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  • Faithful to my Homeland, the Republic of Poland

     

  • EWA GLUZA

  • "Local councillors in this country do not merely sit behind their desks; they run around really helping people out. I believe I would be good at it."
     

     

    I have been living in the United Kingdom for 15 years. I came here before Poland even joined the European Union, so I needed to obtain a work permit first. I evidently overstayed though: that one-year contract I came on continues until today. (laughs)


    Before coming to Britain, I worked as a manager in Orbis Hotel in Bielsko-Biała, Poland, but here in the UK, I started again from the bottom: in the kitchen. First three months were genuinely shocking. I cried every night and kept asking myself: what am I even doing here?


    I worked in the hospitality industry for the first seven years of my life here, and each person who has been through that knows how hard it is. You work 60-70 hours per week, day in, day out, no holidays or weekends. At some point, I realised that I had to change something because, in the longer run, I would not be able to cope with this.


    Despite that, I must admit that I received a warm welcome here. I lived in the staff house, and my colleagues were so kind that they even brought me a TV set so that I could get accustomed to the language. At that time it was not common to meet a Polish man or woman here, so each of us was treated as a phenomenon.


    Despite that, I decided to retrain, and started looking for work in accounting. I found a Polish company in London where I would go once a week to get some work experience and learn the ropes. I obtained all necessary qualifications, and this is when job opportunities finally began to appear on the horizon.


    I gave up the job at the hotel almost overnight because I knew I had to escape this vicious cycle, and I would not have a chance to develop if I stayed in hospitality. I found my first job in the payroll division after a year, but then the recession came, and as a junior worker I was the first in line to get the sack.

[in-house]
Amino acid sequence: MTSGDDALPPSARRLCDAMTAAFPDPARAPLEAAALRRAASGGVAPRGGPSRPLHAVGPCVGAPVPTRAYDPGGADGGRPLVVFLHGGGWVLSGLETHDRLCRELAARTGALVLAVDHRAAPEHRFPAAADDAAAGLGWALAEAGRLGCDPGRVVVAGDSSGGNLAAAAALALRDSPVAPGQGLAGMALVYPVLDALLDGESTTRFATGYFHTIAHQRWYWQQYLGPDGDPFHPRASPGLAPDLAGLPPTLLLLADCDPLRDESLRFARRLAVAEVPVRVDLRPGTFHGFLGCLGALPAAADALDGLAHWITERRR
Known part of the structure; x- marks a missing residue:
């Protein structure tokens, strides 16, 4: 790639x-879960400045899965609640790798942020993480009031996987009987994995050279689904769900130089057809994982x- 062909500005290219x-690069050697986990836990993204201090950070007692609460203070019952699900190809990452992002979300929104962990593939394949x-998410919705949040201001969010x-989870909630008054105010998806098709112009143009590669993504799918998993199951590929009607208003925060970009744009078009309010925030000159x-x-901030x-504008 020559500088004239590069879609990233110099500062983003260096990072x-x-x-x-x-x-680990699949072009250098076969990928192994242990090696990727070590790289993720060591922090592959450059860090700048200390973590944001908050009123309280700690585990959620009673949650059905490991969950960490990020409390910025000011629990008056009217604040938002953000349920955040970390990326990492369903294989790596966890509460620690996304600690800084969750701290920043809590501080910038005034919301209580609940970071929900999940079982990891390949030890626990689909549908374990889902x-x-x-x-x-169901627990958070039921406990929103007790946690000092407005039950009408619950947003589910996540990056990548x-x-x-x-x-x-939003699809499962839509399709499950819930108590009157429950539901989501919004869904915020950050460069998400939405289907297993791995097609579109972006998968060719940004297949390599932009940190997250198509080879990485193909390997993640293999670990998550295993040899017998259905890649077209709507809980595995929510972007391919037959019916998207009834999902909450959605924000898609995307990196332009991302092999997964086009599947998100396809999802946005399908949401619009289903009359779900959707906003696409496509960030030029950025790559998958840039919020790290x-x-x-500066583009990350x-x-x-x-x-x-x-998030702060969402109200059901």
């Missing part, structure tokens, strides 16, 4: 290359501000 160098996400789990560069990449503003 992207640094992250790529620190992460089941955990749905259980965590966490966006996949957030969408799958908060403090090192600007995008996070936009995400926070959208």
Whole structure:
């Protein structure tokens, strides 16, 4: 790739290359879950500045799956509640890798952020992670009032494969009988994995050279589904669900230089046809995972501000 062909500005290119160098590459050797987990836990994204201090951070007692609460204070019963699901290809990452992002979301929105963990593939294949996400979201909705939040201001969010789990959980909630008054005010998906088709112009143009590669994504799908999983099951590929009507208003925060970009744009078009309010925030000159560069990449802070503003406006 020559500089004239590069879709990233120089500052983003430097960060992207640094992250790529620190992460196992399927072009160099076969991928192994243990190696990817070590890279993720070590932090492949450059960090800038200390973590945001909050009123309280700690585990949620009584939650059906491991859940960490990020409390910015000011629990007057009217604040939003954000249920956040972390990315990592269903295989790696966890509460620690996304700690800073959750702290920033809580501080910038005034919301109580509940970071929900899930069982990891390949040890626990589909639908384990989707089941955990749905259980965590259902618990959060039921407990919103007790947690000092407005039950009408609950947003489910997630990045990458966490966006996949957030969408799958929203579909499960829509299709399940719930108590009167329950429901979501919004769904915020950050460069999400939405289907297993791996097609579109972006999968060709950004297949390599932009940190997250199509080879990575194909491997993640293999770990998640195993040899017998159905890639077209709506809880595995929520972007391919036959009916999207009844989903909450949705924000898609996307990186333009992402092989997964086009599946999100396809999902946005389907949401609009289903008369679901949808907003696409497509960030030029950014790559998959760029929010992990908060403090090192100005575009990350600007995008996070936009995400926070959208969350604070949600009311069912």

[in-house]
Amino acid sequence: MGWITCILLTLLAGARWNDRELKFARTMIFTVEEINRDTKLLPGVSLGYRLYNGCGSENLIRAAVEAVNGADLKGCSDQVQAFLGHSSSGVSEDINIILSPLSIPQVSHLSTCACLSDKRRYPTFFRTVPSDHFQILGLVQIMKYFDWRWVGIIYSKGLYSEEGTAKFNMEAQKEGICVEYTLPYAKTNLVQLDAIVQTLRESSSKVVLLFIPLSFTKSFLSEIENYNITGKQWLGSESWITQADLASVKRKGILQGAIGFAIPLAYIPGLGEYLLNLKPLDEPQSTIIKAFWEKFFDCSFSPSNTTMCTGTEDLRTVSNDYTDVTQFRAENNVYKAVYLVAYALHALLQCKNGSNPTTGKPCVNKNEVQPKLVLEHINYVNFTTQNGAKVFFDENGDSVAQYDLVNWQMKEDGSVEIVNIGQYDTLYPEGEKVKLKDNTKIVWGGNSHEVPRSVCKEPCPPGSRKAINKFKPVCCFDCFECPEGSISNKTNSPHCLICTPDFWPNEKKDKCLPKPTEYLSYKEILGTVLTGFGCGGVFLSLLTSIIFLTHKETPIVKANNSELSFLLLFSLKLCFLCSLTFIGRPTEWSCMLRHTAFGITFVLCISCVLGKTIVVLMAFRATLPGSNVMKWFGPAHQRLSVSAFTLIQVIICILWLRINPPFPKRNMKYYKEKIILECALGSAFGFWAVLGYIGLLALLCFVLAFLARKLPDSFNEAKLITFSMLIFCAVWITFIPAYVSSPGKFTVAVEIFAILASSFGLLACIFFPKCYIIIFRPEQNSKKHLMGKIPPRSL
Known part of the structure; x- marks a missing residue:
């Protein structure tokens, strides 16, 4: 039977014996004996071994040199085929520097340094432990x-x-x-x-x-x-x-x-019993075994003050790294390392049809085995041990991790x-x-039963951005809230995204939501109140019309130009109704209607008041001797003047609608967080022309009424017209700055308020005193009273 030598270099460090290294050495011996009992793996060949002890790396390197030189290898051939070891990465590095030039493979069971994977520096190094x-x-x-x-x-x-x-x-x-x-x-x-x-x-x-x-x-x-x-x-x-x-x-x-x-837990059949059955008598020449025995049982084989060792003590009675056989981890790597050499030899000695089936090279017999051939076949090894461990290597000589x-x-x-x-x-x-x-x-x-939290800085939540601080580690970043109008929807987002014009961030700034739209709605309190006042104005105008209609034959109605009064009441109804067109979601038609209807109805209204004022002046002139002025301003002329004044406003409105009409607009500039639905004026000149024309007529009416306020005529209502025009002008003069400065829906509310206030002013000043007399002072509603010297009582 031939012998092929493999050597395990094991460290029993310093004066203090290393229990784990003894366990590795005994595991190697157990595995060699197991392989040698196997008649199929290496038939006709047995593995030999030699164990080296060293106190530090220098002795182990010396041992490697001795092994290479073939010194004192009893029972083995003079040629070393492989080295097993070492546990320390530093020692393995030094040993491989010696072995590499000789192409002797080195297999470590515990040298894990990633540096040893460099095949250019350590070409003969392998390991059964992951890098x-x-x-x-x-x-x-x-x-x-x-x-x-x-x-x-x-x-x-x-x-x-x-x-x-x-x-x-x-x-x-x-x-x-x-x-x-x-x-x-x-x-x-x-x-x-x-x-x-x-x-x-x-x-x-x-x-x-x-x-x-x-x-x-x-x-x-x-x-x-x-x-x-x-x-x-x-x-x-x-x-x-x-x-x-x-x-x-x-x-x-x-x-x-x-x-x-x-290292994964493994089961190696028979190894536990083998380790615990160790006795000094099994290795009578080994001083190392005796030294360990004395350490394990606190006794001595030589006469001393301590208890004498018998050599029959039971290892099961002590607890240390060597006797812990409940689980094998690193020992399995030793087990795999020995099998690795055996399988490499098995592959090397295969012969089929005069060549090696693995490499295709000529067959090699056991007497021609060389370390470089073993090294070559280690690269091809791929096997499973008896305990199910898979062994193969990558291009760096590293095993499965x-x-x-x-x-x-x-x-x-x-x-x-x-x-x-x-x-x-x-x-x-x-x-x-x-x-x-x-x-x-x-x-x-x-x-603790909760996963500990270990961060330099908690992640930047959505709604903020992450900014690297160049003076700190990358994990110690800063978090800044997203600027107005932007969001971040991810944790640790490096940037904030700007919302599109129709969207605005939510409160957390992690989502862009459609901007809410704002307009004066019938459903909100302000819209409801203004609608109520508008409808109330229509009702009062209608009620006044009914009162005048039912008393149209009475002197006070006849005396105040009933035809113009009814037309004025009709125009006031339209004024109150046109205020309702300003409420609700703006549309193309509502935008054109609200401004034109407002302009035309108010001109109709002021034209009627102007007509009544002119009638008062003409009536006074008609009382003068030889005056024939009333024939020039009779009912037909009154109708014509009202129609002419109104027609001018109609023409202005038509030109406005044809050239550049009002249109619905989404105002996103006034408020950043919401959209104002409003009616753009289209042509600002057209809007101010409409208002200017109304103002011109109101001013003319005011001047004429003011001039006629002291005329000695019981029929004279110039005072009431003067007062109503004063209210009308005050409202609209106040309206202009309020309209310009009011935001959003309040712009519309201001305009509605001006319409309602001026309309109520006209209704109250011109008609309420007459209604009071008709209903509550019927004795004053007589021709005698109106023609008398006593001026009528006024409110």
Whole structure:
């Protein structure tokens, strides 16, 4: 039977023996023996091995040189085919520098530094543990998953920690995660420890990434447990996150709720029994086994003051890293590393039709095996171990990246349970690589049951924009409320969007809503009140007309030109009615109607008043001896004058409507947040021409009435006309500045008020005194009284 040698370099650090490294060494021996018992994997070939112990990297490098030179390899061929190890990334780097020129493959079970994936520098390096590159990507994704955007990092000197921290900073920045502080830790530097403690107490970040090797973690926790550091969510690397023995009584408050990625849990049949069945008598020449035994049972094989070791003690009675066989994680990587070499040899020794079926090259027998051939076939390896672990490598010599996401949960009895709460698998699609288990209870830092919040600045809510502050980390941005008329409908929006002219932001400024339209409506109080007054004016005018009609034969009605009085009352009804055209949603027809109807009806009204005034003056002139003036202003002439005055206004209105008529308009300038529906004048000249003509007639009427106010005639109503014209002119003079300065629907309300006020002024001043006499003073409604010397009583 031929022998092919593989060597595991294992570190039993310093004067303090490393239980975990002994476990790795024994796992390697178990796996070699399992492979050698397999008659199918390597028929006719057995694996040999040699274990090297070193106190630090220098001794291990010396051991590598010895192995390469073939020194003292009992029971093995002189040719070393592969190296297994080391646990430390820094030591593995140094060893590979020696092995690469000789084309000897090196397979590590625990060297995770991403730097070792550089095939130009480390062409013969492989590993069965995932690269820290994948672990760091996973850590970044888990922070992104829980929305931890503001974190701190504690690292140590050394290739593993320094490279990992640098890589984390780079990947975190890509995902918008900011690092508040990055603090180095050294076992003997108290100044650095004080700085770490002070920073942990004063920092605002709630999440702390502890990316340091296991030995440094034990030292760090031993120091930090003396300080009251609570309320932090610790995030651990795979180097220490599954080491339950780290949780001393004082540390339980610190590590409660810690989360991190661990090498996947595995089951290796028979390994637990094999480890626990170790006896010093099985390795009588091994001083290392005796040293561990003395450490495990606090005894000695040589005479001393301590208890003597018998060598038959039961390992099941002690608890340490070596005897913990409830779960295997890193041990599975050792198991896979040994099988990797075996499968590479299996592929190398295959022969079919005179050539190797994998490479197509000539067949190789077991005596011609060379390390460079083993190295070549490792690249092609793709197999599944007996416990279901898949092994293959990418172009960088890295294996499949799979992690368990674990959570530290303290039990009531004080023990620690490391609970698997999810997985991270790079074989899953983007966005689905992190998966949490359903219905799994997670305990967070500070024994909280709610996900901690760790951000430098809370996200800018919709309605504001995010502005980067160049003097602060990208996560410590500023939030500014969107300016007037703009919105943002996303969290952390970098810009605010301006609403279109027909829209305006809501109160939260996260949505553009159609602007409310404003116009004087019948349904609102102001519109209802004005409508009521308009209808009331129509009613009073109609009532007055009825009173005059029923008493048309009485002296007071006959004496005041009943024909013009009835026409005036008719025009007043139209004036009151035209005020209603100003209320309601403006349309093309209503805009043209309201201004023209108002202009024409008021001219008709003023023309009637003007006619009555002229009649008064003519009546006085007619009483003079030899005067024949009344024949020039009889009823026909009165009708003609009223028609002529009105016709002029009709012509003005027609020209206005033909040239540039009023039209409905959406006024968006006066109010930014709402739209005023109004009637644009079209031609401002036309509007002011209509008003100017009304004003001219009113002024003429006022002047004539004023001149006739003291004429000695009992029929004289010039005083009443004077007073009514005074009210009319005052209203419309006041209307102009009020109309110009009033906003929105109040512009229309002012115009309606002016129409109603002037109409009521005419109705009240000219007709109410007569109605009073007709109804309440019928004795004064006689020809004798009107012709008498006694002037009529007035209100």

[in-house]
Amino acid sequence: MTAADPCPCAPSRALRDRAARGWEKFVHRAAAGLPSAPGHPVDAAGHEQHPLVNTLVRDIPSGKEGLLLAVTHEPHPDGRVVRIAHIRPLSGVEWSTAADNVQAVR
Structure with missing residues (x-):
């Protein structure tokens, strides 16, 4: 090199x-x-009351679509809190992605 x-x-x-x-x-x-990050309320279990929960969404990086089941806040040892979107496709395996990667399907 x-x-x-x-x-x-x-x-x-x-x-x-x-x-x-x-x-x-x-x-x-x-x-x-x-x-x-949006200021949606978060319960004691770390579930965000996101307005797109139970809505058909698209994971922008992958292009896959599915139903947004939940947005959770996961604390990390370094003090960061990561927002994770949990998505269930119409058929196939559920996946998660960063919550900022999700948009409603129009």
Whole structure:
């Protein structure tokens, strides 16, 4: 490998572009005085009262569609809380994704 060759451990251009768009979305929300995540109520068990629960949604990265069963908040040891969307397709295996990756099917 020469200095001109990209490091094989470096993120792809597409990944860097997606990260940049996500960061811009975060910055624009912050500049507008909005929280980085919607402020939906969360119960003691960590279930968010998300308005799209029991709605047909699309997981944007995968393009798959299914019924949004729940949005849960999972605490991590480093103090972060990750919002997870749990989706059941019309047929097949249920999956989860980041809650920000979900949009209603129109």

Soon afterwards a friend was leaving her job as a cleaner at Hertford College in Oxford, and she suggested I could step in for her. I had been working there for half a year when they started to look for an accountant. I surprised them by putting forward my application and with a bit of luck I got the job. I have been there for five years now.


    That job gave me a bit more time to do charity work. We began by organising a proper Polish dance party, for which we even had some small donors, each of whom gave us some 10 pounds or so. The event left us with some spare cash in the pot - and that is how we founded the Oxford Polish Association.


    There were five of us – the founding members - all of us female. Men cheered for us, that is all. We wanted to act, and they did not get in the way, which is already helpful. (laughs)


    I believe it is best to show Poland through our culture and traditions which – whether it is Christmas or Easter – are genuinely fascinating for the Brits. I explained that we have 12 dishes, share some Christmas wafer, put some hay on the table, and what the whole ritual of an empty chair for an unexpected guest is all about. They were astounded and loved it straight away. For the last Fat Thursday, I brought them some Polish pączki. They ate them all!


    But remembering Polish holidays does not rule out celebrating the British ones, too. In November, I always wear a beautiful poppy to remember British veterans and the Remembrance Sunday. Many people notice that and they are glad we can celebrate it together.


    Recently, I also joined the parish council. For months people have been persuading me to do it, because they know that, despite its name, the Oxford Polish Association works not only with Polish people. We are not interested in nationality, but in improving the experience of living together and being one big Blackbird Leys community.


    Where is home? Here in Oxford. I think I fully realised that when we bought a house here. At that point, I began to feel at home. Now, because of Brexit, I want to apply for British citizenship, too: the government seems to be promising that everything will be all right, but who knows what is going to happen in three, five, or ten years.


    Everybody wonders if they could stay and what is the new immigration policy going to look like, while I think about something else: will I still be able to stand for the local elections? I would like to be a councillor but not a party member – I just want to be an independent candidate serving the local community. Councillors in this country do not merely sit behind their desks; they run around helping people.

    I believe that is something I would be good at.


     

     

    Words: Jakub Krupa

    Picture: Jadwiga Brontē

     

     

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